Climate researchers figured out a little while ago that people’s personal experience with temperatures can affect their beliefs about climate change. This is good and bad: A hot summer, for instance, can make people more likely to believe climate change exists, but a cold winter can bring out the Jim Inhofe in the best of us.
New research from the Yale Project on Climate Change Communication shows that this phenomenon can go the other way, too — believing or not believing in climate change can affect how people perceive the weather. In other words, climate deniers are also in denial about experiencing really, really hot summers:
When asked about the summer of 2010, which brought record-setting heat to the East and Midwest, those who believed that global warming is not happening were significantly less likely to report that they had experienced a warmer-than-normal summer, even when controlling for local climate conditions.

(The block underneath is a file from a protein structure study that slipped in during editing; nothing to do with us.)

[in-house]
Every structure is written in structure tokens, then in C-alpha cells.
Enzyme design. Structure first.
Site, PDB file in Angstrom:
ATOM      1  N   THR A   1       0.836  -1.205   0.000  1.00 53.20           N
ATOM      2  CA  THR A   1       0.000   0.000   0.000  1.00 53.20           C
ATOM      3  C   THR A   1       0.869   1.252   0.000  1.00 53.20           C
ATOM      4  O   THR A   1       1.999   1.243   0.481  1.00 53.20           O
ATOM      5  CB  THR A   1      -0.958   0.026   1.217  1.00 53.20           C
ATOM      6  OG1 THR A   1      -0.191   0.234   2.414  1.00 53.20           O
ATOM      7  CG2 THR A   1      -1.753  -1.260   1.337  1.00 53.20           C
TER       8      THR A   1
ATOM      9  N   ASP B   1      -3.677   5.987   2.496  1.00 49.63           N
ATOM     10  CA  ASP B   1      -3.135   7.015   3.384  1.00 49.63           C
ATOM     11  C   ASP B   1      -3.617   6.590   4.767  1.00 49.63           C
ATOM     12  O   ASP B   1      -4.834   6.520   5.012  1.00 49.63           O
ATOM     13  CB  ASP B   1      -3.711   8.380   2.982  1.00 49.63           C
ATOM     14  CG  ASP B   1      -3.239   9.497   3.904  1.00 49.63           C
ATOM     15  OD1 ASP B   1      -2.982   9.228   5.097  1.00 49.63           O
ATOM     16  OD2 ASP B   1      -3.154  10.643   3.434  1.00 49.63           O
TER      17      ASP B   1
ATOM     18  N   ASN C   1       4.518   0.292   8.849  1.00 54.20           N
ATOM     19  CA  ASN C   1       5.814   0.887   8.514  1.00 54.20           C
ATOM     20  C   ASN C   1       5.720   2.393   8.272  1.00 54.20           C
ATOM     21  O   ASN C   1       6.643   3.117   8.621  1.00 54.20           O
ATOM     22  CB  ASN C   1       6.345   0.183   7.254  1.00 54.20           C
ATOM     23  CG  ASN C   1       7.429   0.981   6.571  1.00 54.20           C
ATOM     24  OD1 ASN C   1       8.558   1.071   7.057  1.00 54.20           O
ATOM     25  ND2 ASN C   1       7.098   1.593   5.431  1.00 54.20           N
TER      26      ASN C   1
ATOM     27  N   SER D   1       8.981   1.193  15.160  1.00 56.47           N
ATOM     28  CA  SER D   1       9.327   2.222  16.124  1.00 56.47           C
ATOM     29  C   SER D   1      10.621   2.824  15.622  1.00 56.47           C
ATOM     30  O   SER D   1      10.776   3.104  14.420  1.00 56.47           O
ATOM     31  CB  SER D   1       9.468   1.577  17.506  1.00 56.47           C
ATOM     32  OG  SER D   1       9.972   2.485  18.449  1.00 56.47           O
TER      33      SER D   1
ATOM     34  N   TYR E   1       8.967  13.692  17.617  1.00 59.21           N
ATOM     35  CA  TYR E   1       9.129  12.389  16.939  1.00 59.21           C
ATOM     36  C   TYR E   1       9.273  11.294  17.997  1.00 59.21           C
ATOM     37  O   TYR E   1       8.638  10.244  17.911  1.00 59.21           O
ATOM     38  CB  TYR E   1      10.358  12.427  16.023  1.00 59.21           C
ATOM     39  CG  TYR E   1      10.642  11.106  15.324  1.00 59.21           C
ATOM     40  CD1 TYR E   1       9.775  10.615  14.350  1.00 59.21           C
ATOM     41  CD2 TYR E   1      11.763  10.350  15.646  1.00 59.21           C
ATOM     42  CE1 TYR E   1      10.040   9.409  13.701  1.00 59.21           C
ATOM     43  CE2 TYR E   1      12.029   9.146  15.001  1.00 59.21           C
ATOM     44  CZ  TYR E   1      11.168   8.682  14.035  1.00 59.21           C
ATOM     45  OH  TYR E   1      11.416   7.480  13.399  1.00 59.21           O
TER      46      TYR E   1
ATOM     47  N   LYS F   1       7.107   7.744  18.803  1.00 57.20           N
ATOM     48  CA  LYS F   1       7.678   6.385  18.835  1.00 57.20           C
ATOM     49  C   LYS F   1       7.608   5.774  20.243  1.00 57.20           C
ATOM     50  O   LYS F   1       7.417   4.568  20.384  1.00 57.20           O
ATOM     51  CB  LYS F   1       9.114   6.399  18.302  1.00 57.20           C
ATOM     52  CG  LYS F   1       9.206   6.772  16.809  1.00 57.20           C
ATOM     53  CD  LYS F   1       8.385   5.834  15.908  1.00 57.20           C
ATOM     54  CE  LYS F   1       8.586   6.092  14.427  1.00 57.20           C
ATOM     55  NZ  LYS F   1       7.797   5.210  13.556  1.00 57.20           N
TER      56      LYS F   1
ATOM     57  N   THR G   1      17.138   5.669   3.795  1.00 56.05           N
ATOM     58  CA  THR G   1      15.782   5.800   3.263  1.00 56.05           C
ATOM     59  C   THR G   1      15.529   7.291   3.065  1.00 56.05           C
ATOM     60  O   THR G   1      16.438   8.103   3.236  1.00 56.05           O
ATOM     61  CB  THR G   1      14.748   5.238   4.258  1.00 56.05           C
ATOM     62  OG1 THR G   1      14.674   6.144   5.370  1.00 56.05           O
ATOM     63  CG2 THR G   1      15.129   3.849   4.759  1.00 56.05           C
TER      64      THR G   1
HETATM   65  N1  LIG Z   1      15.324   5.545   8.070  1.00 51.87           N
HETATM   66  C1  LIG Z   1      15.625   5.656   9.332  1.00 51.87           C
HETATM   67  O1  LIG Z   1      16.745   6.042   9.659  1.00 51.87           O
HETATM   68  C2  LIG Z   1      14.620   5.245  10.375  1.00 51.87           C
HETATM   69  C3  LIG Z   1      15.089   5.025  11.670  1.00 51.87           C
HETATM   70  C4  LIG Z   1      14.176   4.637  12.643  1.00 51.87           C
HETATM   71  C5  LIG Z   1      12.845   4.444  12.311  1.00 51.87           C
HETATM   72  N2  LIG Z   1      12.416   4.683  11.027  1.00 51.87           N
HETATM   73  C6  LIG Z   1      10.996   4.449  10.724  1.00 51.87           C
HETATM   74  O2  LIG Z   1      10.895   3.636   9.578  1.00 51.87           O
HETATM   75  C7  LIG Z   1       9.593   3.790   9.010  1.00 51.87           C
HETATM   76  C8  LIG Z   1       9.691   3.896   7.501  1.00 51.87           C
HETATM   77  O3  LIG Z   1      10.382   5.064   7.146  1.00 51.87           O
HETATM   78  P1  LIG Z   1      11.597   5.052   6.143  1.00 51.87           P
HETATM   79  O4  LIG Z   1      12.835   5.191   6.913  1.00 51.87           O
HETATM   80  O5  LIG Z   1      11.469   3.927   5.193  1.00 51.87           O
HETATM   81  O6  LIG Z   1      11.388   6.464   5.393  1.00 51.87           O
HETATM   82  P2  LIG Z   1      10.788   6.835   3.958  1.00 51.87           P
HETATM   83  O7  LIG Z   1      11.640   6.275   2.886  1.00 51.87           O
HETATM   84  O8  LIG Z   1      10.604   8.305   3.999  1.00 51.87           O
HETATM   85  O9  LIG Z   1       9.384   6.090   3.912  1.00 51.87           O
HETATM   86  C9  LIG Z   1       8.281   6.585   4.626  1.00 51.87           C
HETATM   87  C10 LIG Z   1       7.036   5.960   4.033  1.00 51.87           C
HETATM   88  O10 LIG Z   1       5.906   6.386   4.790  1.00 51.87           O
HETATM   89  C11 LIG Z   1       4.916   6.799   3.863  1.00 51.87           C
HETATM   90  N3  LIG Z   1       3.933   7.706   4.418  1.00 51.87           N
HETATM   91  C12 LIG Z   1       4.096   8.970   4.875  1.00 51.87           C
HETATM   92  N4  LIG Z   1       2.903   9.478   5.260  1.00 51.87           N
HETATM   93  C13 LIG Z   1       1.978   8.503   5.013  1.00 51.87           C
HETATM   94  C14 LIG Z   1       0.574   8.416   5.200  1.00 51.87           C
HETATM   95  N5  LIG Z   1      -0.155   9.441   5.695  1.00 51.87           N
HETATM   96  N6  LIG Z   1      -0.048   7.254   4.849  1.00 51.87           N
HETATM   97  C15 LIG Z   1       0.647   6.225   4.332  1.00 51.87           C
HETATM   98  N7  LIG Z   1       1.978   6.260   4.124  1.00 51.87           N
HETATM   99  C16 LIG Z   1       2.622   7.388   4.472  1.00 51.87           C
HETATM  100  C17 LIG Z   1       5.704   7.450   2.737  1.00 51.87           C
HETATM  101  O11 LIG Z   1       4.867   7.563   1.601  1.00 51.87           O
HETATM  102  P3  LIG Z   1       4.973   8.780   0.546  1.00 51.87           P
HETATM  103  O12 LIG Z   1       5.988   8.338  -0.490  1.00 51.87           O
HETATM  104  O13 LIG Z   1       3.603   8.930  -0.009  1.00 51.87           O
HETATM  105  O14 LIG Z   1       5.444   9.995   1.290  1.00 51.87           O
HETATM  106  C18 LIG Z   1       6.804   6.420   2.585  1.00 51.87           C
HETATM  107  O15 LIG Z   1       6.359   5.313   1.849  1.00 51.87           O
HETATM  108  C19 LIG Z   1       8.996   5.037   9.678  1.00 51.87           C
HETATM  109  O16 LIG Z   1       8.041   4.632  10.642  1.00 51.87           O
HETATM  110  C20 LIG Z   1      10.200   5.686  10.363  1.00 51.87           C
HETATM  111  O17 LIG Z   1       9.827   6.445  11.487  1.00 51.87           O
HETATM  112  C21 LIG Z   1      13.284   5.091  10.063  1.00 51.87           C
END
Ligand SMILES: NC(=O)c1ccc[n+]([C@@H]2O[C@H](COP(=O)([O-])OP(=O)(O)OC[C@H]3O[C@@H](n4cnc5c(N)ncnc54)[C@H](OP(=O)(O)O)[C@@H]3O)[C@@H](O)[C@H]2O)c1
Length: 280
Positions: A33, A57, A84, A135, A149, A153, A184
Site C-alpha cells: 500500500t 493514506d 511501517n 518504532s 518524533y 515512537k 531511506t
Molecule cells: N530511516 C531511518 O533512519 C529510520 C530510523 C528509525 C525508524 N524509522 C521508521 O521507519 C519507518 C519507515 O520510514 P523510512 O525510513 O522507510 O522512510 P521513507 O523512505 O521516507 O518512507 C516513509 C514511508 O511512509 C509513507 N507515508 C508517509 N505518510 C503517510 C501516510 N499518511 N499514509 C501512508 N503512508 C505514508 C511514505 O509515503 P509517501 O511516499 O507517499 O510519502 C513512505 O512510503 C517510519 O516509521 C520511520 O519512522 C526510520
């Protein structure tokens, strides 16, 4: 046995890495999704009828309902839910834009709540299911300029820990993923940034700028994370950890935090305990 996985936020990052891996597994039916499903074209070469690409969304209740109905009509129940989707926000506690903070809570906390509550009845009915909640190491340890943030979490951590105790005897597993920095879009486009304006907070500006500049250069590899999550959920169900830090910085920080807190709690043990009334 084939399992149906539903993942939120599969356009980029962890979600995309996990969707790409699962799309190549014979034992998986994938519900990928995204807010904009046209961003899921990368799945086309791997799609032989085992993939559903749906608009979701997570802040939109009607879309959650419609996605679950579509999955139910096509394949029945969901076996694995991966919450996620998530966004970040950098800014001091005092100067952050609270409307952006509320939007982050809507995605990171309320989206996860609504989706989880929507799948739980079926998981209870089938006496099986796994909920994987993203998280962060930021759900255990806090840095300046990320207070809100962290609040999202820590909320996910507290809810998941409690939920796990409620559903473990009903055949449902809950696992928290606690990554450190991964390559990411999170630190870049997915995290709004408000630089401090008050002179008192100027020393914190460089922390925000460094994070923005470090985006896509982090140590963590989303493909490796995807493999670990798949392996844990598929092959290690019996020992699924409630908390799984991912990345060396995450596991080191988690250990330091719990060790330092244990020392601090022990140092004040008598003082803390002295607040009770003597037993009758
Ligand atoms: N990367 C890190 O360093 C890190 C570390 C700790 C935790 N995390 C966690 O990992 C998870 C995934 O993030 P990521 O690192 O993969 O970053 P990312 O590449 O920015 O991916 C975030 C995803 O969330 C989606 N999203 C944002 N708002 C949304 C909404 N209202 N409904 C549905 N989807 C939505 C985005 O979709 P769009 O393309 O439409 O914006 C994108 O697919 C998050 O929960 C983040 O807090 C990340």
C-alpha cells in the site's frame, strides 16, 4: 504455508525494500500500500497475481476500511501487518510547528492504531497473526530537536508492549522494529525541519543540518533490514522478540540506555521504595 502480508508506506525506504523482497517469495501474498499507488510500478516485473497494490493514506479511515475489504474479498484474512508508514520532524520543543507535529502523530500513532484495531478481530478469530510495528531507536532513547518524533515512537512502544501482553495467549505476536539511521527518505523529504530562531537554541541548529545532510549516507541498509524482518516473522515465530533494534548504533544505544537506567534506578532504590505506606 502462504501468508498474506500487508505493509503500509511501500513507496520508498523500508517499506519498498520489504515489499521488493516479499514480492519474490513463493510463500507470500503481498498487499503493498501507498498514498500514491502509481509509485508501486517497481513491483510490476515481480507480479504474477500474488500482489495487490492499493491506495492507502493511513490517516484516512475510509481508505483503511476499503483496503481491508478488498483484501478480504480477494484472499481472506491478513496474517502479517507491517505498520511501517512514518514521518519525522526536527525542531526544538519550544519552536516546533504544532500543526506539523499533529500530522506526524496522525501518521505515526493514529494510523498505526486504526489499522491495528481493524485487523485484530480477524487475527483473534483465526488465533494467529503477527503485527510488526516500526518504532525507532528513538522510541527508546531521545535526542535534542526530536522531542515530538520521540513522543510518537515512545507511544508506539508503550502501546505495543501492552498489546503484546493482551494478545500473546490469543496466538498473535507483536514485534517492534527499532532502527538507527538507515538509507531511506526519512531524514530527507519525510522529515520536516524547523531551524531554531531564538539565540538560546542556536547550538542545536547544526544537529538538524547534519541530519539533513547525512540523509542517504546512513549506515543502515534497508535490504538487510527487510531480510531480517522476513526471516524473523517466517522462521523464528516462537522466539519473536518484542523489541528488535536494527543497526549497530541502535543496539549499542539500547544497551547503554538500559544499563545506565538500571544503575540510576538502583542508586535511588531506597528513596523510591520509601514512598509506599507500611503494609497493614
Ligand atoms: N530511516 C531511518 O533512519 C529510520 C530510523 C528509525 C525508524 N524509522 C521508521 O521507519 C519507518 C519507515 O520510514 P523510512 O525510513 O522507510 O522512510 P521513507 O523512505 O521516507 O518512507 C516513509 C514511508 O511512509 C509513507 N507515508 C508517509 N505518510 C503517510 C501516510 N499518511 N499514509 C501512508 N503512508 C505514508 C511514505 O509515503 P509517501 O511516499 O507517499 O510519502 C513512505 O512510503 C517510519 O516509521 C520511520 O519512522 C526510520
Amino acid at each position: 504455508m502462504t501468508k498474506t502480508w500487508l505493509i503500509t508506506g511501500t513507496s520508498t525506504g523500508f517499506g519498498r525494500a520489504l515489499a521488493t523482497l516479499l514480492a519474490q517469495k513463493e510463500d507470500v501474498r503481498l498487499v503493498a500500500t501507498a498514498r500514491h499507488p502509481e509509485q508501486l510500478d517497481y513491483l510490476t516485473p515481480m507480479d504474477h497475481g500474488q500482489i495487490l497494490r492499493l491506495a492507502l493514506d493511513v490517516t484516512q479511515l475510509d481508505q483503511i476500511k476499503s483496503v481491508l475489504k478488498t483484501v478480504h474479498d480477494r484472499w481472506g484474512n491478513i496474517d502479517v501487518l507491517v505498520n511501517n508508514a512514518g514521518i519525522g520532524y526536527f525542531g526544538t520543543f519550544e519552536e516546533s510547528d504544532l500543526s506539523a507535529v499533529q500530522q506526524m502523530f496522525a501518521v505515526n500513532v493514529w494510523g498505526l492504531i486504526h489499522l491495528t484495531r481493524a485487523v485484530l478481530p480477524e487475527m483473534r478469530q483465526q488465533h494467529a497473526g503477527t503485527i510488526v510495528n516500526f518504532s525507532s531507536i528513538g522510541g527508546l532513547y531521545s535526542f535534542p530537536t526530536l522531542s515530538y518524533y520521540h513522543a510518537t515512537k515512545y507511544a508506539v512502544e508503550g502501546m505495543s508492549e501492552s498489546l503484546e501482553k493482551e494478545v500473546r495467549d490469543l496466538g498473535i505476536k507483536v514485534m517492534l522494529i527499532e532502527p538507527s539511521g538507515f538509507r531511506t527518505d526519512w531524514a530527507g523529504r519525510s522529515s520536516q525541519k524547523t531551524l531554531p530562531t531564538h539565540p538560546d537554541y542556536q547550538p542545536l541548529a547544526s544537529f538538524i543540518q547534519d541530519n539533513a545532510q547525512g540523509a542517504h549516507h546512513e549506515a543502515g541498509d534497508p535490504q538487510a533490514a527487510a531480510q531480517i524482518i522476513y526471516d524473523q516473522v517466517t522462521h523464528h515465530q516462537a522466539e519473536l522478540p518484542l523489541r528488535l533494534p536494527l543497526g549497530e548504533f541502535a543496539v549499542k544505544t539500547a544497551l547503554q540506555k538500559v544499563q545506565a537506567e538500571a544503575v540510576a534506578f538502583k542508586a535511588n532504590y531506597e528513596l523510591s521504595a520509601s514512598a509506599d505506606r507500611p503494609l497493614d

Facts, man. They’re tough.
We have to admit that we do get a teeny tiny bit of pleasure from imaging climate deniers sitting around in long pants when it’s hideously hot out, gritting their teeth and pretending it’s a pleasant summer day. It doesn’t make up for the planet boiling or anything, but hey, we’ll take what we can get.
- Can people detect changes in their local climate? , Yale Project on Climate Change Communication
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